The initial draft of this essay was spurred, in part, by reflections on the City of Toronto's deliberations regarding the 2013 budget. There will be more detail, more insight and more analysis than I can offer here, but there's one small oberservation that bears repeating, I think, and it concerns the nature of the budgeting process, and, by extension, governance itself. And it's something that goes beyond the municipal arena; the lesson here is, I think, applicable at any level.
One of the hallmarks of contemporary political discourse, or more accurately, the sewer into which the modern right has dragged it, is the characterization of undesirable things as "political," and the corollary implication that anything tainted by the stench of "politics" is undesirable.
When people seek to hold Rob Ford accountable for his misdeeds, they're engaging in a "political witch hunt." When the Ombudsman critiques the Ford administration for interfering with appointments, she's "politically motivated," or has a "political agenda."
It's an all-purpose insult, frequently deployed by the Denzils, DoFos and Mammos of the world. When you want to kneecap your opponents, all you need to do is bluster and accuse them of "politicizing" the issue. Nothing new here, really.
But it's time for some pushback.
What is budgeting, really, but a process of determining priorities and allocating resources in accordance with those determinations? We decide on priorities through debate that is, ideally, open, democratic, transparent, and, yes, often messy. We participate in public meetings. We elect people to represent us and look out for our interests. Both we and they balance various interests and try, ideally, to arrive at solutions that produce the greatest good for the greatest number. Inevitably, some interests are given greater priority and more resources than others.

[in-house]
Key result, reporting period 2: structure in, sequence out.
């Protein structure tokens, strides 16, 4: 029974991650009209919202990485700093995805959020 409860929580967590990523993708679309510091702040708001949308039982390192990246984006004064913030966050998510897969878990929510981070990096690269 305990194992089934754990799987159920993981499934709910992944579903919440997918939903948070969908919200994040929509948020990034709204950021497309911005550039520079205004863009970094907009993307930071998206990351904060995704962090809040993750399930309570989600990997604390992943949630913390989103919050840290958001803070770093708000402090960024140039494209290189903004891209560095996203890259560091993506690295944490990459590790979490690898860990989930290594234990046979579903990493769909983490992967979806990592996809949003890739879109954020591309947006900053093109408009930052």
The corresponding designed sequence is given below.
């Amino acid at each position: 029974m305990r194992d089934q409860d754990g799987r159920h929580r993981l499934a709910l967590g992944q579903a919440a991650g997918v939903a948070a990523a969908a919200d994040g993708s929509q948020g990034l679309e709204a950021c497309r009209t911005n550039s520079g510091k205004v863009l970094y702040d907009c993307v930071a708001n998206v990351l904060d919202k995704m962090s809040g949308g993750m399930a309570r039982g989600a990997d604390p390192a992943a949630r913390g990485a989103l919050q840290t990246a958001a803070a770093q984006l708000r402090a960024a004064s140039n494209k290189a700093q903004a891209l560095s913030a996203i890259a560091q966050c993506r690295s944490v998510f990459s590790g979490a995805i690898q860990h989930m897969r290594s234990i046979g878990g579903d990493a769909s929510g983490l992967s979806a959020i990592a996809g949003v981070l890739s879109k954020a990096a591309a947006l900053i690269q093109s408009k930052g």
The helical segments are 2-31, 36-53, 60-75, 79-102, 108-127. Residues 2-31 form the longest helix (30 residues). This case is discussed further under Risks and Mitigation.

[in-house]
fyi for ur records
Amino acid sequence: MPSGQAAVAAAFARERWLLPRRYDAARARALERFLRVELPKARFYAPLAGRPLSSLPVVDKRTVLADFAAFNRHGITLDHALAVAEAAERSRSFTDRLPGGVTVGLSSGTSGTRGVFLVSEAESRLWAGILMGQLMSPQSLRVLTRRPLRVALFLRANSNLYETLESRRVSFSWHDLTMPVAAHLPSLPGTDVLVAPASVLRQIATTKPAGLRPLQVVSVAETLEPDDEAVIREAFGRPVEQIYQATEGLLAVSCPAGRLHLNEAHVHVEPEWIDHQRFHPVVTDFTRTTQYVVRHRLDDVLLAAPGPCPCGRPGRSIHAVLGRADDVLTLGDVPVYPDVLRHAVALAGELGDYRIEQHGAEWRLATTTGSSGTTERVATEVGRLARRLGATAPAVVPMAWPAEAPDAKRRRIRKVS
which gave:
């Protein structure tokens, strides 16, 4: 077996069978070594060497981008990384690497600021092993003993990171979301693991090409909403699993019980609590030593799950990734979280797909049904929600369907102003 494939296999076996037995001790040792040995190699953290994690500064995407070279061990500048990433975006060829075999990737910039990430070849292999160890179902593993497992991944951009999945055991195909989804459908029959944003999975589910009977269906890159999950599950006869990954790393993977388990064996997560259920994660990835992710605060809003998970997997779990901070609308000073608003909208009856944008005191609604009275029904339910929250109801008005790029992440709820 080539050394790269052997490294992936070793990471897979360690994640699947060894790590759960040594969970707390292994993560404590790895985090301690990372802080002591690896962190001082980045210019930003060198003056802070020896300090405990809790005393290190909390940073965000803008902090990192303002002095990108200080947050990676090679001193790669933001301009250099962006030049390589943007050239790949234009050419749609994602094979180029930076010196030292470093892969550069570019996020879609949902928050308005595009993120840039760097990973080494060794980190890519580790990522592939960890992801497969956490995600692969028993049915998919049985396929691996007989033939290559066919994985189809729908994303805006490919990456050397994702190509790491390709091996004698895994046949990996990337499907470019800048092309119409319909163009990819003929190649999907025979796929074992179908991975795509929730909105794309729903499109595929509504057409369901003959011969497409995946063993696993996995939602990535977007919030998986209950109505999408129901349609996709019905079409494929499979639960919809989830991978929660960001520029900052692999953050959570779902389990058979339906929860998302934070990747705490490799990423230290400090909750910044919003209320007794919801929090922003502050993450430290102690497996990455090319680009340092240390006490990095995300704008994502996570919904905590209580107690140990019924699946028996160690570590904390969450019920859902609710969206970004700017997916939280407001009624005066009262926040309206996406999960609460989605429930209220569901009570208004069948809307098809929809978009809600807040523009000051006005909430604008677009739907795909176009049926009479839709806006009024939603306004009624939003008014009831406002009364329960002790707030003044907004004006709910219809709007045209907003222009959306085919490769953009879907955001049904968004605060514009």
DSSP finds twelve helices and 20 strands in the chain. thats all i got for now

It cannot be otherwise. That's what governance is. In prioritizing things and deciding how much to spend, we are invariably making value judgments. We are negotiating with others and making trade-offs. In other words, we are engaging in politics. There's nothing to be gained by deluding ourselves or trying to convince others that we are not.
And yes, as John McGrath points out, that illusion may be easier to sustain in contexts wherein most people think, substantially, the same way. It's easier to think, in situations like that, that you're just making administrative decisions. But as communities grow in size and complexity, the number of interests needing to be balanced also grows, as do the numbers you're dealing with. Before long, you're making decisions involving millions and billions of dollars that have profound and long-lasting effects on the shape of your city and the surrounding communities, not to mention the lives of millions of people.
It's either the height of naivete or revoltingly disingenuous to lament that it shouldn't be political. And it's even worse to suggest that because it's political, it's somehow icky or sordid or dishonourable. Either way, I don't want decisions left to people who think that way.
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